An Explanatory Note on the Case of Osman Kavala v Turkey and the Infringement Proceedings before the Grand Chamber of the European Court of Human Rights
An explanatory note on the case of Osman Kavala v Turkey has been prepared by the representatives of Osman Kavala, Professor Başak Çalı and Professor Philip Leach. You can download the document here.
1. Who is Osman Kavala?
Osman Kavala is a Turkish businessperson, philanthropist, civil society activist and human rights defender. He has been involved in setting up a number of civil-society initiatives which are active in the areas of human rights, arts, culture, social studies, memory, historical reconciliation and environmental protection. In 2002 he set up Anadolu Kültür, which works to promote peace, reconciliation and human rights by supporting artistic and cultural initiatives across Turkey. Several of Anadolu Kültür’s projects have received support from many internationally known foundations and from the European Union. Mr Kavala was arrested in Istanbul on 18 October 2017 and was placed in pre-trial detention on 1 November 2017. He has been locked up ever since.
2. Why was he detained and prosecuted?
Mr Kavala has been accused, released and reaccused of different offences at different times throughout his detention. Initially, he was accused of attempting to overthrow the Government (Article 312 of the Turkish Criminal Code) and attempting to overthrow the constitutional order (Article 309 of the Turkish Criminal Code). These charges were mounted against him with reference to mass social gatherings and protests across Turkey (known as the Gezi events) which occurred from 27 May 2013 until early July 2013, and the attempted coup of 15 July 2016. He was released from detention for attempting the overthrow the constitutional order under Article 309 on 18 October 2019. On 18 February 2020, Mr. Kavala was acquitted of overthrowing the government under Article 312, only to be arrested and detained once again for attempting to overthrow the constitutional order under Article 309.
Whilst in detention under Article 309, Mr. Kavala was also detained under Article 328 of the Criminal Code (political and military espionage) with reference to his alleged activities on 9 March 2020. On 20 March 2020, he was released from detention for the second time under Article 309 of the Criminal Code, making Article 328 the only formal ground for his detention.
All this time, Mr. Kavala repeatedly asked for his release, arguing strenuously that he has not committed any of these crimes and that there is no evidence whatsoever that can reasonably raise any suspicion that he did. Domestic courts have repeatedly refused to release Mr. Kavala, relying on repetitive, unsubstantiated, and formulaic reasons.
On 25 April 2022, Mr Kavala was convicted of attempting to overthrow the government, under Article 312 of the Criminal Code and was sentenced to aggravated life imprisonment (see 12 below). On the same date, the Court also released and acquitted him of the charges under Article 328. This decision is not final under Turkish law. Mr. Kavala will first appeal to the regional court of appeal and, if unsuccessful, to the Court of Cassation. Only a judgment by the Court of Cassation can make a conviction judgment final.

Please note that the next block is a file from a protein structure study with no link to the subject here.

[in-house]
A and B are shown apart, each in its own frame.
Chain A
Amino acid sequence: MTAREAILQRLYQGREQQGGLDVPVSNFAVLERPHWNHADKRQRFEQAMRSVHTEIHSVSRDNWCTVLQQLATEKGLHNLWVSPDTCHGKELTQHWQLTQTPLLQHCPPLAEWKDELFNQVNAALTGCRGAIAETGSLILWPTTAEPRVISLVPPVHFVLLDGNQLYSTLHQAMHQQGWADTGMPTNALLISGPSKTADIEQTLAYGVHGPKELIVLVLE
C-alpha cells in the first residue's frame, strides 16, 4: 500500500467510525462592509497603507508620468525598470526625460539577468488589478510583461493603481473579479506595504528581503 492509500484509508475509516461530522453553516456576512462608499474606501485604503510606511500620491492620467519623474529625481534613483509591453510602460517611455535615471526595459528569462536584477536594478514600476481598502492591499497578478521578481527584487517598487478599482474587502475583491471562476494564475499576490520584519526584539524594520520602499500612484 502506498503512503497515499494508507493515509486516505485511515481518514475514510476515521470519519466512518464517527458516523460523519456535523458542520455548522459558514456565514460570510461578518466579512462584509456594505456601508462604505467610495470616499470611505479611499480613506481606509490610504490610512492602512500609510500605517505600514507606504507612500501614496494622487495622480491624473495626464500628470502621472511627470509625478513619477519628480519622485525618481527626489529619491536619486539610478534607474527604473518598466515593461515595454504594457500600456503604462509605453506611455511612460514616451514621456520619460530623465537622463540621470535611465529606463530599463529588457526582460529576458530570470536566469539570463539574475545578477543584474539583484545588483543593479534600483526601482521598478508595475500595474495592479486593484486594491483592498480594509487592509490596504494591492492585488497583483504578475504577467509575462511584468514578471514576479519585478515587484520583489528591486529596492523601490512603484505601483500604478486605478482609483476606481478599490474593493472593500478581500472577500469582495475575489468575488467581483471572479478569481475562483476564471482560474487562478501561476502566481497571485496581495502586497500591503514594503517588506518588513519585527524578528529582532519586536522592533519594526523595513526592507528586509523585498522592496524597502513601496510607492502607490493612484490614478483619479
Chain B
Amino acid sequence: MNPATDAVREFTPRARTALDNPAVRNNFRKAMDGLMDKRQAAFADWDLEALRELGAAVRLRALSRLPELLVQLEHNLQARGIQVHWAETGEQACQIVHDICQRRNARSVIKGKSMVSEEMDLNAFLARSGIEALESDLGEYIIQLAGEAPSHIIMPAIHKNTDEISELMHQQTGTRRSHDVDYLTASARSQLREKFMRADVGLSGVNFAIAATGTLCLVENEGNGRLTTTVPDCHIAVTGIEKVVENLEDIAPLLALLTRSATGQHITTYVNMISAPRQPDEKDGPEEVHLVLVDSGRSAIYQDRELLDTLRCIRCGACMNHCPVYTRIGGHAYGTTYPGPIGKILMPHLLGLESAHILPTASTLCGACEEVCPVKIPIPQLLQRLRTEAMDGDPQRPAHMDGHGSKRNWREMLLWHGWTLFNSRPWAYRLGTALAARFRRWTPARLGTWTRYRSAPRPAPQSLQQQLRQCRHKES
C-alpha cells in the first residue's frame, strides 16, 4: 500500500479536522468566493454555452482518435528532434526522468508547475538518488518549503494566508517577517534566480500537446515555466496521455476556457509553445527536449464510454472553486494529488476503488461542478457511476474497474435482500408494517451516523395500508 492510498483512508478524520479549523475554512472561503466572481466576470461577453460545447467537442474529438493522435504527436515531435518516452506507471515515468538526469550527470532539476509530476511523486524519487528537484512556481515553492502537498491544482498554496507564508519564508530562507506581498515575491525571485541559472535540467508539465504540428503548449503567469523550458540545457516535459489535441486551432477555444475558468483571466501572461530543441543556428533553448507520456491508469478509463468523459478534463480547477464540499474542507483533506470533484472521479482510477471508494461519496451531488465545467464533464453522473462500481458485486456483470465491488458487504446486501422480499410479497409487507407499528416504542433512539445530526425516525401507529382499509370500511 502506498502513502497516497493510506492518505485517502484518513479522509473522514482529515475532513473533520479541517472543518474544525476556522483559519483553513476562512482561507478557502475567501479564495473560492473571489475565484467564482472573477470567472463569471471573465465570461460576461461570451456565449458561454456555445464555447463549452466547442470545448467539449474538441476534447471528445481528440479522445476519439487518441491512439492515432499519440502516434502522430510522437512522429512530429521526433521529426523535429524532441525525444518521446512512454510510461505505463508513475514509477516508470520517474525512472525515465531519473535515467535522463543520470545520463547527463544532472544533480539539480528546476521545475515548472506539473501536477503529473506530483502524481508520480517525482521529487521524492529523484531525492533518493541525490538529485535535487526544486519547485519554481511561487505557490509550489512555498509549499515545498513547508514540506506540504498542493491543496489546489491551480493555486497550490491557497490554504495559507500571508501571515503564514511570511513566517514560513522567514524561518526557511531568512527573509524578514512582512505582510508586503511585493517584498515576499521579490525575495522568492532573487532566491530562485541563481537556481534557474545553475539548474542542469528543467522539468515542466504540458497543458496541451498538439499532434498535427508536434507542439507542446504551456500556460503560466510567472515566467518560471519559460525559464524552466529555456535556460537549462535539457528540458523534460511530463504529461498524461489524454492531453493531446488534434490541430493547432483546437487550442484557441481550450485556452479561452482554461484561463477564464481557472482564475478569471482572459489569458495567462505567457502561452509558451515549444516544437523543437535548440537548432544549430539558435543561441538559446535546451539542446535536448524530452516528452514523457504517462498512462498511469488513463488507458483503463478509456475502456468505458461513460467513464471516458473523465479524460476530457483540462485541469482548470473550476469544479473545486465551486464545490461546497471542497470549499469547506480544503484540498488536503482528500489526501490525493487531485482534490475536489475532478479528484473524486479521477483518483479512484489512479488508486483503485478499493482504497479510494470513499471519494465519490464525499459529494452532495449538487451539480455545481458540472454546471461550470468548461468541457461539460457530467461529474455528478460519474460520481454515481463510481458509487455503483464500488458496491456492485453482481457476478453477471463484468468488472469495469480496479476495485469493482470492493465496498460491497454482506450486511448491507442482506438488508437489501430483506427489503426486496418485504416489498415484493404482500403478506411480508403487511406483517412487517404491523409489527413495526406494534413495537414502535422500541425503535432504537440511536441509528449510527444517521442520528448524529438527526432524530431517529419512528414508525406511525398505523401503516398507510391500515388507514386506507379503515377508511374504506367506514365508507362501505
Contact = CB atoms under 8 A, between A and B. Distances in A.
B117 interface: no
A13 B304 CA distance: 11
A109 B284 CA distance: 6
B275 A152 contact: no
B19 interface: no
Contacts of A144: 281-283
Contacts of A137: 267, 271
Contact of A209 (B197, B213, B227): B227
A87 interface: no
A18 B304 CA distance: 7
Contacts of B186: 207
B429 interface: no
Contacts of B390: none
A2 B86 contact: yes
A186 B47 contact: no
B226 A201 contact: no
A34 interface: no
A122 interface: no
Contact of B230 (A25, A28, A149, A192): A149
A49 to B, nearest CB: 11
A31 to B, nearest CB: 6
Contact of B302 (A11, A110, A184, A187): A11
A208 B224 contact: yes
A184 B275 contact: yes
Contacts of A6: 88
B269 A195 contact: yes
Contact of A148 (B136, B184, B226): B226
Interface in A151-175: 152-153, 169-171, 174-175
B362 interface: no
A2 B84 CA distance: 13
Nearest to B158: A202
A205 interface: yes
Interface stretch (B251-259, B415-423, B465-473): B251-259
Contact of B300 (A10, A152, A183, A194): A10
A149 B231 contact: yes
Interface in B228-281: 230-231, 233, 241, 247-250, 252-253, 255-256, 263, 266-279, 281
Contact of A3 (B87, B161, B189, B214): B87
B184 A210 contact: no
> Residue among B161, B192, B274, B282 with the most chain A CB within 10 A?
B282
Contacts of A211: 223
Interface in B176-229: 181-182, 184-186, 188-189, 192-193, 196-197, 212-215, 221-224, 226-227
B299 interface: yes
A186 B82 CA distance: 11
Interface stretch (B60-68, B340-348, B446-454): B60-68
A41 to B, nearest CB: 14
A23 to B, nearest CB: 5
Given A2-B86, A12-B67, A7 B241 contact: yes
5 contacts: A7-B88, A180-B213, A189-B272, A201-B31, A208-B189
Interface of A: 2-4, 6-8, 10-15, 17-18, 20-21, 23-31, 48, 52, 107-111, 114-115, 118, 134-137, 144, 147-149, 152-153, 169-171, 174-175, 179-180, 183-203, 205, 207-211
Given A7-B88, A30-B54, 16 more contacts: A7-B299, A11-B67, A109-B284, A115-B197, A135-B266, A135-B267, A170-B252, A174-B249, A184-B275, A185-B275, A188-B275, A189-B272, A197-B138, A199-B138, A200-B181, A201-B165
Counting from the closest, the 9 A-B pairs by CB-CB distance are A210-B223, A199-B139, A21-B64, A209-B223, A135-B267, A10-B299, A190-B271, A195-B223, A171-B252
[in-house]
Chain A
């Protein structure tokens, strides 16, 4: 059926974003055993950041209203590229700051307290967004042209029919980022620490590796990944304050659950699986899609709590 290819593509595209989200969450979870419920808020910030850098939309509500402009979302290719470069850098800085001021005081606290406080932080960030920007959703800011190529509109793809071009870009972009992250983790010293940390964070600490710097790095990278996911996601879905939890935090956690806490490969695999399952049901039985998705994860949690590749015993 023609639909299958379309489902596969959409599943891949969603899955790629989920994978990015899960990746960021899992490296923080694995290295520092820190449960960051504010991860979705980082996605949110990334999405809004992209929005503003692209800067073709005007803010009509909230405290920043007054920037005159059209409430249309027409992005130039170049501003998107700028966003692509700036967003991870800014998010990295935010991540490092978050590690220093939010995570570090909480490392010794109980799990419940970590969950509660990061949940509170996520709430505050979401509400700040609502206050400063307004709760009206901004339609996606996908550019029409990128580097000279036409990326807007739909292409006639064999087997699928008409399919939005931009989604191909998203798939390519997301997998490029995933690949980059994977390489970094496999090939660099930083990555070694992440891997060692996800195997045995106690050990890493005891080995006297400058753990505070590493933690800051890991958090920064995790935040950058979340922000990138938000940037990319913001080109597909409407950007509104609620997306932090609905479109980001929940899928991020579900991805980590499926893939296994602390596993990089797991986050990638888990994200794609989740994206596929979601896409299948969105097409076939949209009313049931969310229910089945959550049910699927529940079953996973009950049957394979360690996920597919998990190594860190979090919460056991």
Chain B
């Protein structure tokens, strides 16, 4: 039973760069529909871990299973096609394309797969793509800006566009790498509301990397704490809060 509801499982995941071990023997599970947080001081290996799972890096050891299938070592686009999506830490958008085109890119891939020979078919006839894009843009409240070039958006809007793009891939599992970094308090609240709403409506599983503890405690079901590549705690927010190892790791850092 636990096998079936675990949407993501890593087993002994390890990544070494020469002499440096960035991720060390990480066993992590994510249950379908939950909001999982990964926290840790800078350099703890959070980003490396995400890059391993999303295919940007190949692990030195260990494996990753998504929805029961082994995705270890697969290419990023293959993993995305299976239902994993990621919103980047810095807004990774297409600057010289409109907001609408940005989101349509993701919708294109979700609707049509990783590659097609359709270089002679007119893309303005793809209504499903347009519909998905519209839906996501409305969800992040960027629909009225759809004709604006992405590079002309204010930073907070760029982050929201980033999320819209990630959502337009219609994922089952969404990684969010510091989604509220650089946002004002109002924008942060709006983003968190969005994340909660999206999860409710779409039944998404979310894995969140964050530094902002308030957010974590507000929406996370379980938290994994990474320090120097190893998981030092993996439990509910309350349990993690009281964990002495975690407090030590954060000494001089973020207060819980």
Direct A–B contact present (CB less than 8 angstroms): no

3. What did the European Court of Human Rights decide in Mr Kavala’s case in 2019?
In its judgment of 10 December 2019, the European Court of Human Rights found that Mr Kavala’s detention with reference to charges under Article 312 of the Criminal Code (attempt to overthrow the government) and Article 309 (attempt to overthrow the constitutional order) was arbitrary (in violation of both Article 5(1)(c) and Article 5(3) of the European Convention on Human Rights (ECHR)), with the Court underlining that Mr. Kavala had been detained for exercising his rights under the European Convention. The Court concluded that the Turkish authorities failed to establish that Mr Kavala was deprived of his liberty on the basis of a “reasonable suspicion” that he had committed a criminal offence.
Having reviewed the totality of the criminal proceedings brought against Mr. Kavala up to the date of the 2019 judgment (a vast amount of alleged facts and evidence), the Court also found that in prosecuting Mr Kavala, the Turkish authorities had pursued the ulterior purpose of seeking to silence him as a human rights defender (in violation of Article 18 ECHR in conjunction with Article 5(1) ECHR). As Mr Kavala’s detention was found to be arbitrary and in bad faith, the Court also held that any continuation of his pretrial detention would further breach his ECHR rights, and that it would violate Turkey’s legal obligation to comply with the judgment of the Court (under Article 46(1) ECHR). As a result, the Court ordered the Turkish authorities to put an end to Osman Kavala's detention and to secure his immediate release. However, Mr Kavala was not released.